What A Lack Of AIDS Funding Could Mean For Africa.” By Anders Kelto. Morning Edition/National Public Radio. December 1, 2011. Orphaned children are cared for at the Baphumelele Center, which assists people affected by AIDS in South Africa. The Global Fund is short on AIDS funding, preventing it from funding new programs. The world’s largest supporter of AIDS programs has made an ominous announcement: Because of the global financial crisis, it is well short of its fundraising goals. The Global Fund to Fight AIDS, Tuberculosis and Malaria pays for more than half of the world’s HIV medicine, and supports hundreds of education and advocacy programs worldwide. With World AIDS Day on Thursday, many are worried about what that means for the future of the war on AIDS.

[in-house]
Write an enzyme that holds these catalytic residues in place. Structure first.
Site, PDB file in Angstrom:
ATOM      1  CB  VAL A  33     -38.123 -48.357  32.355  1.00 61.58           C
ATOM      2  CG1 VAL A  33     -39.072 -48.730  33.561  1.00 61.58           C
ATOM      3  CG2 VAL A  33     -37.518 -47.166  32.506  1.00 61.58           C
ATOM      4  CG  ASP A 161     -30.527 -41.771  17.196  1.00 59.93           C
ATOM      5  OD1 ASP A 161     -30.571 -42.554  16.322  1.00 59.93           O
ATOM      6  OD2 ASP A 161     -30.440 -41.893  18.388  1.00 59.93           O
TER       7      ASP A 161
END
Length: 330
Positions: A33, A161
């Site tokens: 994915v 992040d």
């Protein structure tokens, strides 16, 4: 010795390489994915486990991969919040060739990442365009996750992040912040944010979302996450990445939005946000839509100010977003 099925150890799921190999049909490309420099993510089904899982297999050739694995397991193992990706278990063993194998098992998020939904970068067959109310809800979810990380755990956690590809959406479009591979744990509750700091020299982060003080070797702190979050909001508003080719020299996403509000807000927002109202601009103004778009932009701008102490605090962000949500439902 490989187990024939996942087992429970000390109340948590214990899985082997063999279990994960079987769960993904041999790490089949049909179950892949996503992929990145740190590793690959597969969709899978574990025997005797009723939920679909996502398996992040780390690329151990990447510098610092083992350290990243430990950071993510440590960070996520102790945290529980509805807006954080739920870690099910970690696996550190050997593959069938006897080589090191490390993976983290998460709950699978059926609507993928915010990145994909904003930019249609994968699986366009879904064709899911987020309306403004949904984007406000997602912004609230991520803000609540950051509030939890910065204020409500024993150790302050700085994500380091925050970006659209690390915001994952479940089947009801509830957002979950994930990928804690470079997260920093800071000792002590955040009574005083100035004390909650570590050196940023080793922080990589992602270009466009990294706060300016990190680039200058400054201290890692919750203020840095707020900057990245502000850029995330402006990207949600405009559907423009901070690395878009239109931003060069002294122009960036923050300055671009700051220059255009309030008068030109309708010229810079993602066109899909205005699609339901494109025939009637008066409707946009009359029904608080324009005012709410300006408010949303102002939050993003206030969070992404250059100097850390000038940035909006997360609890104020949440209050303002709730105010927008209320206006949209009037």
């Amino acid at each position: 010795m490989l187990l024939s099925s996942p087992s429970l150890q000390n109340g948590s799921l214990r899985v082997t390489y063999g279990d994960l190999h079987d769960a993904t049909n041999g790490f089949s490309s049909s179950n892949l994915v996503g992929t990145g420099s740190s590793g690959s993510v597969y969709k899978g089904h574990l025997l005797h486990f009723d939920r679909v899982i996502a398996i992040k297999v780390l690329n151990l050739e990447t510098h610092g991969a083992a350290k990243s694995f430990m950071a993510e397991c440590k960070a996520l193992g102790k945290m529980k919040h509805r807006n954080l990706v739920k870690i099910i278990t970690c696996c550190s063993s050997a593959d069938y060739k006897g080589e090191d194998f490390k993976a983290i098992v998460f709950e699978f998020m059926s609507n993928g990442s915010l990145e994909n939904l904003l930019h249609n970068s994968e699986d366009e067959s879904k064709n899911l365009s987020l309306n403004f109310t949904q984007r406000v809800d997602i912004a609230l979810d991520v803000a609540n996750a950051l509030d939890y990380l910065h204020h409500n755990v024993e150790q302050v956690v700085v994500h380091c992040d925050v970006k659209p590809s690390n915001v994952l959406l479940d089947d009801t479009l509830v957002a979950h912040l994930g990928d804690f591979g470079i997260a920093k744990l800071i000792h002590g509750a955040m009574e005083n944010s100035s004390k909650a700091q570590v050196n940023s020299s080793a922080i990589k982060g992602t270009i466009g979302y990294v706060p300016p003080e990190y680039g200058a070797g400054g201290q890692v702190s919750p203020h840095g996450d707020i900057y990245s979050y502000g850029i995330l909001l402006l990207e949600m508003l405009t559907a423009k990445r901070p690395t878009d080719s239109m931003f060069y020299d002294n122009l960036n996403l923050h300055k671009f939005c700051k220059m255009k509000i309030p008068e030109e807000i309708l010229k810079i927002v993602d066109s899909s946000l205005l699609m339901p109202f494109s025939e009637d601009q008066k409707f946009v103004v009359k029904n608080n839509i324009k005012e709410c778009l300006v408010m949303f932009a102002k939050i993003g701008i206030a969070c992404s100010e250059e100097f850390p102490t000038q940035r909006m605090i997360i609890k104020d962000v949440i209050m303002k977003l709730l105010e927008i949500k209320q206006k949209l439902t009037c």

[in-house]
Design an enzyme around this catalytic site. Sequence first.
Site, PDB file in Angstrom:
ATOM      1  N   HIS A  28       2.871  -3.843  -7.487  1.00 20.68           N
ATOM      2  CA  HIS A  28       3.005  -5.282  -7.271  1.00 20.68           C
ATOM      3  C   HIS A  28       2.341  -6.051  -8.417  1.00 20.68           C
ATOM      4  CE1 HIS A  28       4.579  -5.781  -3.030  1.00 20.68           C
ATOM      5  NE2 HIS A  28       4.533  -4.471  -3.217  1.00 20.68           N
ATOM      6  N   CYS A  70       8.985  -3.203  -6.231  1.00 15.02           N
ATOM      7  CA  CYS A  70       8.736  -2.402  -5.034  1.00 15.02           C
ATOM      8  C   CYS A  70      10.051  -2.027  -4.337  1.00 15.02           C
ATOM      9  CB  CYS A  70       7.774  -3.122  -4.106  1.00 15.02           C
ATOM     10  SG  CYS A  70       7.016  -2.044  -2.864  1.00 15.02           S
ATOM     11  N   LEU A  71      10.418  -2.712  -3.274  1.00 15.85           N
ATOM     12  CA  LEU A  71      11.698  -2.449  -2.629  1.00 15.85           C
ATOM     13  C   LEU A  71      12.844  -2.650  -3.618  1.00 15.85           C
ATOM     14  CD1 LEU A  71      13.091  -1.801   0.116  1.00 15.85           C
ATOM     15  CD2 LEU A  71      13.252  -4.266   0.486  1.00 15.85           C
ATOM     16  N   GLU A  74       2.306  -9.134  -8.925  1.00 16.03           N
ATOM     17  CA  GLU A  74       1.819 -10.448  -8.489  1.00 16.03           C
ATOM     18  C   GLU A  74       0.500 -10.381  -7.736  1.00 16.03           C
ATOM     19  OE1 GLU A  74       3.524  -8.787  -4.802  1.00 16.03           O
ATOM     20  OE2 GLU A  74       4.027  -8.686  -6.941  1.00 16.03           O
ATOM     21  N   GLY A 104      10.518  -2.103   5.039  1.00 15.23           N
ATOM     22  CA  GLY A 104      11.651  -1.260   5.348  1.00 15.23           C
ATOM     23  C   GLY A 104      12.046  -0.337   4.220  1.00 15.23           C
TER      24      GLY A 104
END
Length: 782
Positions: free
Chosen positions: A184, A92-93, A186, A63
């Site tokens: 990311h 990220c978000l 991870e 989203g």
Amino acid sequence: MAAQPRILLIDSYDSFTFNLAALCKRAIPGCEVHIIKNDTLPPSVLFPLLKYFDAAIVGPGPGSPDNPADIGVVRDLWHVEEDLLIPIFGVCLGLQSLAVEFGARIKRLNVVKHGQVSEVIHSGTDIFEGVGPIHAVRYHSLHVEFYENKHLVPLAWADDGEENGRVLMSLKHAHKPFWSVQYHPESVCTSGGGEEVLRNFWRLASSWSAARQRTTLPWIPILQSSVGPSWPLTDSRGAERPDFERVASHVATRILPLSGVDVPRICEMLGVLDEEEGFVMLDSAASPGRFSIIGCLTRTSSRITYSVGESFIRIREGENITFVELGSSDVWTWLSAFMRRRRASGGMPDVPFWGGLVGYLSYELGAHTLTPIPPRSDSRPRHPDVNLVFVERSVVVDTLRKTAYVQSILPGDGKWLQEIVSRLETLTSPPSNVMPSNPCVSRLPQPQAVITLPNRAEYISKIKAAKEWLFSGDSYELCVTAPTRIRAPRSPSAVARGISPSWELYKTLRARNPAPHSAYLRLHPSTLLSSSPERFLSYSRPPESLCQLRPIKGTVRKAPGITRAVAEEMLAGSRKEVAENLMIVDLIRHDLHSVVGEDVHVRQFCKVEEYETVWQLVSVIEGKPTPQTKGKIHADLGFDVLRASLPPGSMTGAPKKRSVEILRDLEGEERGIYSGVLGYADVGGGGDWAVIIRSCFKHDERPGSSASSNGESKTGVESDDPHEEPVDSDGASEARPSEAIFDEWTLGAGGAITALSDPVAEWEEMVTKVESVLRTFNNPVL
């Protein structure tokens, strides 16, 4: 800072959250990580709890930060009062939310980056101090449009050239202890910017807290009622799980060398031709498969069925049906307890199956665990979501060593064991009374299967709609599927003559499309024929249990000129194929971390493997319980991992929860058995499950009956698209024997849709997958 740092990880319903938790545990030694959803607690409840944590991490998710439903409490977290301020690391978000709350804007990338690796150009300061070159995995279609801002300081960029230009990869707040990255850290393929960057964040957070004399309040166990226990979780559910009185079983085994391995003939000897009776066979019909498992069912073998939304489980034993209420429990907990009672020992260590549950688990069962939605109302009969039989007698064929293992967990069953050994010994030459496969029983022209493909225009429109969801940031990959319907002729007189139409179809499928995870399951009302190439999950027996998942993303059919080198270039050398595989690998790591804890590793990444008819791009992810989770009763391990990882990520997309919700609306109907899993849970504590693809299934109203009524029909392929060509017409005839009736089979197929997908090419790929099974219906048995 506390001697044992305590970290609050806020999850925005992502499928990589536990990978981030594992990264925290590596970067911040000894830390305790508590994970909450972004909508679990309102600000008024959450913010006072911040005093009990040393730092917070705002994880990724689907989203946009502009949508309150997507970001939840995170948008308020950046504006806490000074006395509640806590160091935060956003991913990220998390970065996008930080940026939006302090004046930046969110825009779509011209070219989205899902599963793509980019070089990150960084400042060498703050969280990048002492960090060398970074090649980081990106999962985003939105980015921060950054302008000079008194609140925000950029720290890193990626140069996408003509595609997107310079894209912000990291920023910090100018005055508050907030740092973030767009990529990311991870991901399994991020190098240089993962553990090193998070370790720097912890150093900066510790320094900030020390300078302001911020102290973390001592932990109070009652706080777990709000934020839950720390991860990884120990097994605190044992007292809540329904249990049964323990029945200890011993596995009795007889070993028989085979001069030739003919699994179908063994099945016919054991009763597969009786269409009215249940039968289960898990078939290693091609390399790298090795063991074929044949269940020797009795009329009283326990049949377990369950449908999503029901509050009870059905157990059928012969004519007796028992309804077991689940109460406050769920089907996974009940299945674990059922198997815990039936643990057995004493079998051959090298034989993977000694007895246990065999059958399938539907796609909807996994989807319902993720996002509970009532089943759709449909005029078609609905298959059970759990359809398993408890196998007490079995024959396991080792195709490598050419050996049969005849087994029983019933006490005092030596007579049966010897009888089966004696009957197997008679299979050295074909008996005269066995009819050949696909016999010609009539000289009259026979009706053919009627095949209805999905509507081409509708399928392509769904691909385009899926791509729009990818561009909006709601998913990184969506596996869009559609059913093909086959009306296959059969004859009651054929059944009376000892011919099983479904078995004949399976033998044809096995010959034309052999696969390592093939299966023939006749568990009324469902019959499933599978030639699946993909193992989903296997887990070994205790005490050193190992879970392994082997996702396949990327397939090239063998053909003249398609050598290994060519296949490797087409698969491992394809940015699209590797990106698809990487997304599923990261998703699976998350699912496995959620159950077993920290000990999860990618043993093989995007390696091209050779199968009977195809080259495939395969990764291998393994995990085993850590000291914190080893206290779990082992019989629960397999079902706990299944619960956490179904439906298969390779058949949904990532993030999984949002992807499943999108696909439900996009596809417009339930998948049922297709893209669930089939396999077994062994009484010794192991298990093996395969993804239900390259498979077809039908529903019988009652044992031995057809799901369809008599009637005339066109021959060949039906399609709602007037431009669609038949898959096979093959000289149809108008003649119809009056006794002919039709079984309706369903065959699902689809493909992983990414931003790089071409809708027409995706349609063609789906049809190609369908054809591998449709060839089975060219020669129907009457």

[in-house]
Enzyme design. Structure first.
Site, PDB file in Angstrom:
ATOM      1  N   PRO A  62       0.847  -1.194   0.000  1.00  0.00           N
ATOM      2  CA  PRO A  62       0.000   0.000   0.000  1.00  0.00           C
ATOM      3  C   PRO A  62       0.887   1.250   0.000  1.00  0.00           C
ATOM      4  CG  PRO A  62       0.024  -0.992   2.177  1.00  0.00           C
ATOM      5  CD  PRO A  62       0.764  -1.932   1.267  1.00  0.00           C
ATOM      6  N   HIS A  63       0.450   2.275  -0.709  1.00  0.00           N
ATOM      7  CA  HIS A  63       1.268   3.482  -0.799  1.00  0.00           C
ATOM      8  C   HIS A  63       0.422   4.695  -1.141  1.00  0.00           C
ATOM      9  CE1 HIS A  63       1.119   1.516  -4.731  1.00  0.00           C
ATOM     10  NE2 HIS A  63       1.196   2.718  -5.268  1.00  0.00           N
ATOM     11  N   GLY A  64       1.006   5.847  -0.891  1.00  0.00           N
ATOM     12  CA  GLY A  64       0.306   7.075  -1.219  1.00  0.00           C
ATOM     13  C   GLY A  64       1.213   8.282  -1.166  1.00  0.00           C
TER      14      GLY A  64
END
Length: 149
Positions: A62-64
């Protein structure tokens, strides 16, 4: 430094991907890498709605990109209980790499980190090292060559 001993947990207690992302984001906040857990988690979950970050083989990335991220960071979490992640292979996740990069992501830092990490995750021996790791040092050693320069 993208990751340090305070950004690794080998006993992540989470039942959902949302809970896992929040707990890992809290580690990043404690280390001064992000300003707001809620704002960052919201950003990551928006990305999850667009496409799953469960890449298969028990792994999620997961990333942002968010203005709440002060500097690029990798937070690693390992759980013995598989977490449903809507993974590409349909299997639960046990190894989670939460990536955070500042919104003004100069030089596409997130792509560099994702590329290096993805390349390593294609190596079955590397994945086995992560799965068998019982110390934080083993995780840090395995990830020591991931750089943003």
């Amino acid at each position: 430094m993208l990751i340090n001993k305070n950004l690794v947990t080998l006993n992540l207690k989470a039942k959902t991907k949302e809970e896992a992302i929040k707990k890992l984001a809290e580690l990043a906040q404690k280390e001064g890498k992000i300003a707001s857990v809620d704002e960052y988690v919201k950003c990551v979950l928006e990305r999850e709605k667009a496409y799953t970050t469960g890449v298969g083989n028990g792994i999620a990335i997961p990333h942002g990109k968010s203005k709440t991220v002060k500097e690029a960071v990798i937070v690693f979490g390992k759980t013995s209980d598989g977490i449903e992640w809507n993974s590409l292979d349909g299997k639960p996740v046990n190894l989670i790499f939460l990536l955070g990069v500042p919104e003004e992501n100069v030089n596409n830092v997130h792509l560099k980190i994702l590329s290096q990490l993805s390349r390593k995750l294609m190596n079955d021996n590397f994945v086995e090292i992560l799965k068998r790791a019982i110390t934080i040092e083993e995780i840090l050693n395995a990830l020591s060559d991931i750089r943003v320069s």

Will name Indians with Swiss accounts in 2012: Julian Assange.” No by-line. Times of India. December 4, 2011. The names of Indians holding Swiss bank accounts may be revealed by WikiLeaks sometime next year, its founder Julian Assange said on Saturday. Assange, who is under house arrest in the UK, said this through videoconferencing during a conference held in Delhi , that whistleblower Rudolf Elmer, who passed CDs containing information to him, is undergoing trial and it would not be proper to make disclosures at this juncture. Asked if names of Indians holding Swiss accounts will be revealed in the coming year, he said, “yes” . Information about such accounts “which will affect India” will be revealed in the coming year, he said. He said since Elmer was jailed and facing legal action, he would not like to comment on the issue at the moment. “For that reason, unfortunately , I cannot speak about information related to Swiss accounts in great detail… we must protect our people,” he added. Assange said governments in some countries are “sucking out” data from emails and internet transactions and passing on this “economic intelligence” to companies like Wal-Mart . He made some startling revelations about “hacking” and “hijacking” of data of unsuspecting people. Assange maintained that NTRO, which he termed was India’s equivalent of National Security Agency of the US, was engaged in similar kind of surveillance under the cover of keeping track of “Islamic terror” .